Scopa seeking NPA collaboration in new year

2017-12-08 14:10
State Security Minister Bongani Bongo. ((Photo by Gallo Images / Daily Sun / Lindile Mbontsi)

State Security Minister Bongani Bongo. ((Photo by Gallo Images / Daily Sun / Lindile Mbontsi)

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Cape Town – The Standing Committee on Public Accounts (Scopa) is hoping to bring the National Prosecuting Authority (NPA) on board in the new year to improve the committee's work in holding state entities to account.

On its last working day of the year on Thursday, Scopa met with State Security Minister Bongani Bongo and the State Security Agency (SSA) on vetting at state institutions, a first for the committee.

Committee chairperson Themba Godi told journalists afterwards that it's been a watershed year for Scopa, but there was one area in which the committee could still give more bite to their oversight function.

"The last leg that we want to close is getting the NPA on board. That will complete the loop of investigation and prosecution.

"If we can have that by next year, I think we would have taken oversight to the next level."

This year the committee, known as Parliament's watchdog of public funds, established a working relationship with the Hawks, whose investigators have, on occasion, sat in on meetings with a view to conducting investigations at specific state entities.

As with the Hawks, the committee was hoping that it could have an NPA official permanently sit in on meetings, and that both institutions could contribute to meetings next year, Godi said.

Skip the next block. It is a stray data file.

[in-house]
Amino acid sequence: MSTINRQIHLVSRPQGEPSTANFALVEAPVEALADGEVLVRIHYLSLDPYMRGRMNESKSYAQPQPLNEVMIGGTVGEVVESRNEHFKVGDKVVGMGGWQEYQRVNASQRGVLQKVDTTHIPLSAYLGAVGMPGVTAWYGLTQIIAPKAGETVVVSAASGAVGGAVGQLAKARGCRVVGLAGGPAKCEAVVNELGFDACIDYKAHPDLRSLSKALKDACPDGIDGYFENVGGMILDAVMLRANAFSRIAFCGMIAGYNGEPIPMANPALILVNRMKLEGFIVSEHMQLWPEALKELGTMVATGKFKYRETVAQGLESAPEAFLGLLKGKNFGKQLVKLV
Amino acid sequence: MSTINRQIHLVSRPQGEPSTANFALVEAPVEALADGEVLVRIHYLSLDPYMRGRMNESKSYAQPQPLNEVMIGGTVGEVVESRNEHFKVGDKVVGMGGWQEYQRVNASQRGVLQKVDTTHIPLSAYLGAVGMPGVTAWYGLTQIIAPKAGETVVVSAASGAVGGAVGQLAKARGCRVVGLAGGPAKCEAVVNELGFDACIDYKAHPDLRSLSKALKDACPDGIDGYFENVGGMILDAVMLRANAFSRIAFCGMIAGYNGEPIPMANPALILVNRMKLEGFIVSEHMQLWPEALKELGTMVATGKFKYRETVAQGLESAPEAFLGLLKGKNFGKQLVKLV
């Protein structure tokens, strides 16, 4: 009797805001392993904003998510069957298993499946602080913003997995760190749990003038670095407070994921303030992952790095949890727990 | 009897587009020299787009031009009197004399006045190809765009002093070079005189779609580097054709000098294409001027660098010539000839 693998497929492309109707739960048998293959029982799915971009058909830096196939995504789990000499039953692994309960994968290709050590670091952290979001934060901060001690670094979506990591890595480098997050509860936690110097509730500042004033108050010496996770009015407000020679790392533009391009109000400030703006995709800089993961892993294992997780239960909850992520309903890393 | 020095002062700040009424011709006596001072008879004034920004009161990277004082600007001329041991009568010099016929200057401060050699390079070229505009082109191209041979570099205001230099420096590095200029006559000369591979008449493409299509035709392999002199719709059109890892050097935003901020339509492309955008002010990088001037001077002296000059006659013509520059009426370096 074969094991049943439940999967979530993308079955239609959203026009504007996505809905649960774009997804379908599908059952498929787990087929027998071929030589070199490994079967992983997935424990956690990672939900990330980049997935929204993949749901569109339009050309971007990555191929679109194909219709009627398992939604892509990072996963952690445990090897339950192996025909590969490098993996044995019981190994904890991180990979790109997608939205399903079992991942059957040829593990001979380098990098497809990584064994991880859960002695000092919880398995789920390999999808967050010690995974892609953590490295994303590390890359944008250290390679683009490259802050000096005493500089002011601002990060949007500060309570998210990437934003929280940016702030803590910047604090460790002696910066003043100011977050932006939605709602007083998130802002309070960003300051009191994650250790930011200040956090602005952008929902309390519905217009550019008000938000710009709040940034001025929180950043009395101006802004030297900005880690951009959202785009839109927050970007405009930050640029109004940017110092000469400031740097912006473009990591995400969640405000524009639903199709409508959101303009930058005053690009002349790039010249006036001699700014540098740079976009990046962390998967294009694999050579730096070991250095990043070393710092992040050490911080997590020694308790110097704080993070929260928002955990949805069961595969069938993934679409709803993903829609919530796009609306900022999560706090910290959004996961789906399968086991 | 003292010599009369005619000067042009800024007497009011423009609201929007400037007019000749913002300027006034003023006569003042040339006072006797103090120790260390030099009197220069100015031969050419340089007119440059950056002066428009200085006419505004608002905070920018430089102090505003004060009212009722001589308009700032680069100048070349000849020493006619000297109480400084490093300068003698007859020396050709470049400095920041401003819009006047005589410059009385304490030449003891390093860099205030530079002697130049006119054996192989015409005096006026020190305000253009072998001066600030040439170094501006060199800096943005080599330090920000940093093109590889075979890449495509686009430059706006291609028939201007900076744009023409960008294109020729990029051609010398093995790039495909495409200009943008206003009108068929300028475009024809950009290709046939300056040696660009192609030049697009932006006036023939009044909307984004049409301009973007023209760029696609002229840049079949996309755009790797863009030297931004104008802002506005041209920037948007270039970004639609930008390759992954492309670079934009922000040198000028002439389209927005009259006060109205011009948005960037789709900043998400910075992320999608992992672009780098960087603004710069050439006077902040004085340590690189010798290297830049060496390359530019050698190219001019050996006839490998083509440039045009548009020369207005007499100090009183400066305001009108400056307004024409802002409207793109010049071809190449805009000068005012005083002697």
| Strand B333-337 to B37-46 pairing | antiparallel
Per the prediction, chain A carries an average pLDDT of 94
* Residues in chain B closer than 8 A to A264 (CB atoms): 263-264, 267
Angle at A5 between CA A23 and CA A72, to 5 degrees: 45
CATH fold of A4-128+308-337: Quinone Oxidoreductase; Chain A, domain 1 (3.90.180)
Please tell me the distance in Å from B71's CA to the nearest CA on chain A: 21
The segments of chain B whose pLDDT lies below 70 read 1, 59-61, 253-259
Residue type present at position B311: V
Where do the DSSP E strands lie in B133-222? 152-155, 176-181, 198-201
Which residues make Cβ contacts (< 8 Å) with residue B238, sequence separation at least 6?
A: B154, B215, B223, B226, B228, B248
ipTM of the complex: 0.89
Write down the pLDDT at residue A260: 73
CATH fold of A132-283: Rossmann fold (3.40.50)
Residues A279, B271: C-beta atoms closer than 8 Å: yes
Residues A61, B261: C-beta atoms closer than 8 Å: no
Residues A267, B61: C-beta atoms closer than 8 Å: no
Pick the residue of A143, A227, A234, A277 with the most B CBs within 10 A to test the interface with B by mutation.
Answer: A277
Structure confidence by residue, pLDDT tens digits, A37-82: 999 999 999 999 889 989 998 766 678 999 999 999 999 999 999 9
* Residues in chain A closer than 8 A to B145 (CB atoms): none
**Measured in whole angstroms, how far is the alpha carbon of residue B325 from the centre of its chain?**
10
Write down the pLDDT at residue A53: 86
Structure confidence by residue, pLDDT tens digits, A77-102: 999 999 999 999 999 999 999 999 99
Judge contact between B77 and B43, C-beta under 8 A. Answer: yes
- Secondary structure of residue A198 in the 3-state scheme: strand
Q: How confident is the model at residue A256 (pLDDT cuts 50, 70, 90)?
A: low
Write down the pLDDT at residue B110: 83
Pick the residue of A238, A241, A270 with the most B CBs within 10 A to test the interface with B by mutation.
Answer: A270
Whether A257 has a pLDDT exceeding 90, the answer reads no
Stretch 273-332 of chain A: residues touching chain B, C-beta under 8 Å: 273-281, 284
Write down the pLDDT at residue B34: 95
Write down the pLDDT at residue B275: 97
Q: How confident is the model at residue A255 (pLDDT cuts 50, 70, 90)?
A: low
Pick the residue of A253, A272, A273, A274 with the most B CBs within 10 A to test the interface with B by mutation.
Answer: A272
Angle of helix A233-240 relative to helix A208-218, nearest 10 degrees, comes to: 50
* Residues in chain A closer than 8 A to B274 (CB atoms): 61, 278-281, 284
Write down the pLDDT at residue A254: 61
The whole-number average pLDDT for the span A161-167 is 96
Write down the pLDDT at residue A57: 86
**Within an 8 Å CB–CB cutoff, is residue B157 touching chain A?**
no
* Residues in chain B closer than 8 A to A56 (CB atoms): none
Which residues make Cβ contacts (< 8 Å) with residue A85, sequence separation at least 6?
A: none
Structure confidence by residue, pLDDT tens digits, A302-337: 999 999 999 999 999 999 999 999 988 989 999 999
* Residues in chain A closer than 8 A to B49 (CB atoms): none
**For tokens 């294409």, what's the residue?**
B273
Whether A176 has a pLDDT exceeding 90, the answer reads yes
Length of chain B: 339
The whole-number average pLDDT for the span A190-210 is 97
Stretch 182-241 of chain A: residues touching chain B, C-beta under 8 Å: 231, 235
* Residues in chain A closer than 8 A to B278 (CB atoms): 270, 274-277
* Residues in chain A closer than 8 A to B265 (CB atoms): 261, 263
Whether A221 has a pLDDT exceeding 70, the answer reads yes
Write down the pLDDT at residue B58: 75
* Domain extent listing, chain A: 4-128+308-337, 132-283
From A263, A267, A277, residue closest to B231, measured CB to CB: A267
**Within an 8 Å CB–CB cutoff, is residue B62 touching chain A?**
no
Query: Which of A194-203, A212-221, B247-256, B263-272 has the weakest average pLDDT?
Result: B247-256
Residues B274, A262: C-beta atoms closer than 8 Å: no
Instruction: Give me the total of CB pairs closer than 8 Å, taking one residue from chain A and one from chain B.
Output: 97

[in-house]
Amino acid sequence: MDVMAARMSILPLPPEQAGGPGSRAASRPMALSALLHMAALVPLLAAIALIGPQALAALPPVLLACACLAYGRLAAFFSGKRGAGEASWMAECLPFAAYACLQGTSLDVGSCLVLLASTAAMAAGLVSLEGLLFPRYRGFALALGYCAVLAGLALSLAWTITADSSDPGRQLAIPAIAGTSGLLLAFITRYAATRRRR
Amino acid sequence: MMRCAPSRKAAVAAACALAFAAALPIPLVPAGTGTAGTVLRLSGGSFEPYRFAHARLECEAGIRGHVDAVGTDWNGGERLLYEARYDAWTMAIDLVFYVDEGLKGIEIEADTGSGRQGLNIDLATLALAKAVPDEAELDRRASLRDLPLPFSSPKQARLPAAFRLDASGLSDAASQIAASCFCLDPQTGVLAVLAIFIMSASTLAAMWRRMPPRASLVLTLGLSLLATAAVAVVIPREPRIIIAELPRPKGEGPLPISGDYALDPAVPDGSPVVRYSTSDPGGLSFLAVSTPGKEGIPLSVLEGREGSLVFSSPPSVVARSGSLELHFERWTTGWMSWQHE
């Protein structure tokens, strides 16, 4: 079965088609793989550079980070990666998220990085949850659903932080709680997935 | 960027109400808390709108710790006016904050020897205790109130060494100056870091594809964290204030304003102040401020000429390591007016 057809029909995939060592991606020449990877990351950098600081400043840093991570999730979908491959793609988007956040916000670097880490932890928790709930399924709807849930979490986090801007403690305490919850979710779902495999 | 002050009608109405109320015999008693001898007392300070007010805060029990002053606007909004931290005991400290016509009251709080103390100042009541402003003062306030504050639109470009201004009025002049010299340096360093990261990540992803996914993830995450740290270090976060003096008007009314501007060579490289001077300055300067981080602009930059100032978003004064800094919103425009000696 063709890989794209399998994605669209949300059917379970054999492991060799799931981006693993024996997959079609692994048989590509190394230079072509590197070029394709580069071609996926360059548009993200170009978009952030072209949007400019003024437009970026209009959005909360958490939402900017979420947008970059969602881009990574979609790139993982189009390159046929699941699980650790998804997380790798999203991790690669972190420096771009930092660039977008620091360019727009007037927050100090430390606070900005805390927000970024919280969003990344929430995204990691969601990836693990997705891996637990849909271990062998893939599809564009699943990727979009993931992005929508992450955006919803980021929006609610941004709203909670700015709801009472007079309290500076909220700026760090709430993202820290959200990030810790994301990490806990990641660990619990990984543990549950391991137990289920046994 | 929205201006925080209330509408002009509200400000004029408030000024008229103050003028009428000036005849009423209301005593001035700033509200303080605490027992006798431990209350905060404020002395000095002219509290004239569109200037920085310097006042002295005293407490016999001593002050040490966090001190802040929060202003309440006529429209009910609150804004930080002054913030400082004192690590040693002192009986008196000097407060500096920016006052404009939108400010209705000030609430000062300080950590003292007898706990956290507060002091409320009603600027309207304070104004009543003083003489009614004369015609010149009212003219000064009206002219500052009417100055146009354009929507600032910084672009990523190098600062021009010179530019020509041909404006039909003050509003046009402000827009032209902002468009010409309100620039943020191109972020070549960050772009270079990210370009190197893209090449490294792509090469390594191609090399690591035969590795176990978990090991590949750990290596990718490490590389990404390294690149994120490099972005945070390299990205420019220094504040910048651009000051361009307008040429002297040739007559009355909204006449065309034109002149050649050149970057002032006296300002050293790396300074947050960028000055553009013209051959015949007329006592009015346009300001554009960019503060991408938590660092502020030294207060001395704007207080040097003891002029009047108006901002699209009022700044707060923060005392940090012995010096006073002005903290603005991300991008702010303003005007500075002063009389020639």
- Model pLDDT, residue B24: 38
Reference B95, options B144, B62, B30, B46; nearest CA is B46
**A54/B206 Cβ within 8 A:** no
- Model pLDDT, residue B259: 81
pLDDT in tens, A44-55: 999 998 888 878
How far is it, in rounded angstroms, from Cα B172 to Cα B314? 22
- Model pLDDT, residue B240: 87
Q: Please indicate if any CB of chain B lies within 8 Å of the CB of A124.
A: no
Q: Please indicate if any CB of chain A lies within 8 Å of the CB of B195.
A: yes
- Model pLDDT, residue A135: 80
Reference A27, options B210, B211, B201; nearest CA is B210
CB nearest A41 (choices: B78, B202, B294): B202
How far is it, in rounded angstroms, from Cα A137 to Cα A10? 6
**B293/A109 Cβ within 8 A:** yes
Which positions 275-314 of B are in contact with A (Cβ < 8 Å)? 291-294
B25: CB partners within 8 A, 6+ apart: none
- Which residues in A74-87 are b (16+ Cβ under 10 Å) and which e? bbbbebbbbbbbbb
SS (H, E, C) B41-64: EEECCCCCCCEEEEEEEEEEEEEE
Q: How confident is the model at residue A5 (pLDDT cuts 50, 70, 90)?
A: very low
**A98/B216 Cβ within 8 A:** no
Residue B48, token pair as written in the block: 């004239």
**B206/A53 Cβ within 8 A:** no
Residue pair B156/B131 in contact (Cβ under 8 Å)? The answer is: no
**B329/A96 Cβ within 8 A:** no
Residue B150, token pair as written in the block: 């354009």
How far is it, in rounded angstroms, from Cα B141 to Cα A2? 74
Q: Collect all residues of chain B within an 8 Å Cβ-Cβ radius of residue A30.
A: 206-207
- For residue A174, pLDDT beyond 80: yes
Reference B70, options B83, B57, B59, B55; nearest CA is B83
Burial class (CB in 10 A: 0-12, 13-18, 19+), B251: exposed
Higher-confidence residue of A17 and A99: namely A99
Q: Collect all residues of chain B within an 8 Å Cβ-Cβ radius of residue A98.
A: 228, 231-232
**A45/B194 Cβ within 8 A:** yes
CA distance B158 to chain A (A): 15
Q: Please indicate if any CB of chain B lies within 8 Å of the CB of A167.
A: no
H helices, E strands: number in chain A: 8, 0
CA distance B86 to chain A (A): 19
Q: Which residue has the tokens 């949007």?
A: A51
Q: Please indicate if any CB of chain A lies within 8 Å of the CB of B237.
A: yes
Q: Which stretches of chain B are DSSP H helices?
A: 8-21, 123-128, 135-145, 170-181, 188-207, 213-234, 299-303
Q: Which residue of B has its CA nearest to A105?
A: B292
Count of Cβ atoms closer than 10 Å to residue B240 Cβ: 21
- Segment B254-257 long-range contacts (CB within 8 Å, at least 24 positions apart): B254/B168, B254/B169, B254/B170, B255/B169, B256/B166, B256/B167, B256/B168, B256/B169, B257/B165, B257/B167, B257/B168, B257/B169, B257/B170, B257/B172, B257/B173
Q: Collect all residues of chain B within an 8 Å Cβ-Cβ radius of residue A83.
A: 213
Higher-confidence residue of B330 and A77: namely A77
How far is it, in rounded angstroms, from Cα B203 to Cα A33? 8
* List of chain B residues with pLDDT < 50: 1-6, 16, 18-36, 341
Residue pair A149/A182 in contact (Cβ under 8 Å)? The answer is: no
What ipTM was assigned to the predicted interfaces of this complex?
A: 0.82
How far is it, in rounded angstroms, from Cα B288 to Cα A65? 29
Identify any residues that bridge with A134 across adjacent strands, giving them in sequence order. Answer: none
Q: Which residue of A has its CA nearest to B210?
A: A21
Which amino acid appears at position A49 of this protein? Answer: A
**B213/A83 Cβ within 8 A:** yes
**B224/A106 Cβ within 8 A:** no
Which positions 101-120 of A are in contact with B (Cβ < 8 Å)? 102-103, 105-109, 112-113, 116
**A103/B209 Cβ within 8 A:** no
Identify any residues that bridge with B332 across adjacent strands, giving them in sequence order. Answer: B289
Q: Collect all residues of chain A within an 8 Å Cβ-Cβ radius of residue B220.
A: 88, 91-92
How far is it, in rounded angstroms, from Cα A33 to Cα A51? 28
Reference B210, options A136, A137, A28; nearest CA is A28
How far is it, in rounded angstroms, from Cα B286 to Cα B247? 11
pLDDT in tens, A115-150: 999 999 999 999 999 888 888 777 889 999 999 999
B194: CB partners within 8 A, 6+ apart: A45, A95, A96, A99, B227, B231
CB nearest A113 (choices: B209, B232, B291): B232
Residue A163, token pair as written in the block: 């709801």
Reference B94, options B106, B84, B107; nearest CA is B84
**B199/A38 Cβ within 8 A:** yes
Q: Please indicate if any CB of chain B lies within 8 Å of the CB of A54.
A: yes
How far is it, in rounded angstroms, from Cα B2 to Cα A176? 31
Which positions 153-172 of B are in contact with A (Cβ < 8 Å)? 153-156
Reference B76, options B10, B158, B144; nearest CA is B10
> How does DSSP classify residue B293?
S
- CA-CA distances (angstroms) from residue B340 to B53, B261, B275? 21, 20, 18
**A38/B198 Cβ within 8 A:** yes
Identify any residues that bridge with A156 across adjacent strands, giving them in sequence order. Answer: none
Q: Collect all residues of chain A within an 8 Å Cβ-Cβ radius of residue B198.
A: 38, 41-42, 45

On Wednesday the Hawks were due to present to the committee on cases of corruption at Transnet, but were prevented from doing so after the Transnet delegation ditched proceedings.

Plate 'already full' next year

Some of the entities Scopa has grilled this year include Transnet, SAA, the South African Social Security Agency and the SAPS.

Godi said he was satisfied with the dedication MPs had to their work.

"Oversight is a dialectical process and there is always room for improvement but I am satisfied that Scopa has [helped] restore the image of Parliament.

"We have also caused other committees to up their games in terms of oversight."

He said bringing the anti-corruption task team to the fore had enabled MPs to monitor cases of public corruption with more ease.

Godi admitted that the committee would have its work cut out for it again next year, with its plate already full with scheduled follow-ups with the above mentioned entities, before it even starts the new year.

The committee was hopeful though of meeting with more government departments who were struggling, including the Department of Public Works.

"We need to stick around an entity instead of having a once-off meeting. That needs to be our modus operandi and we need to be strategic.

"If we can, it could have a major impact."

Read more on:    npa  |  scopa  |  cape town

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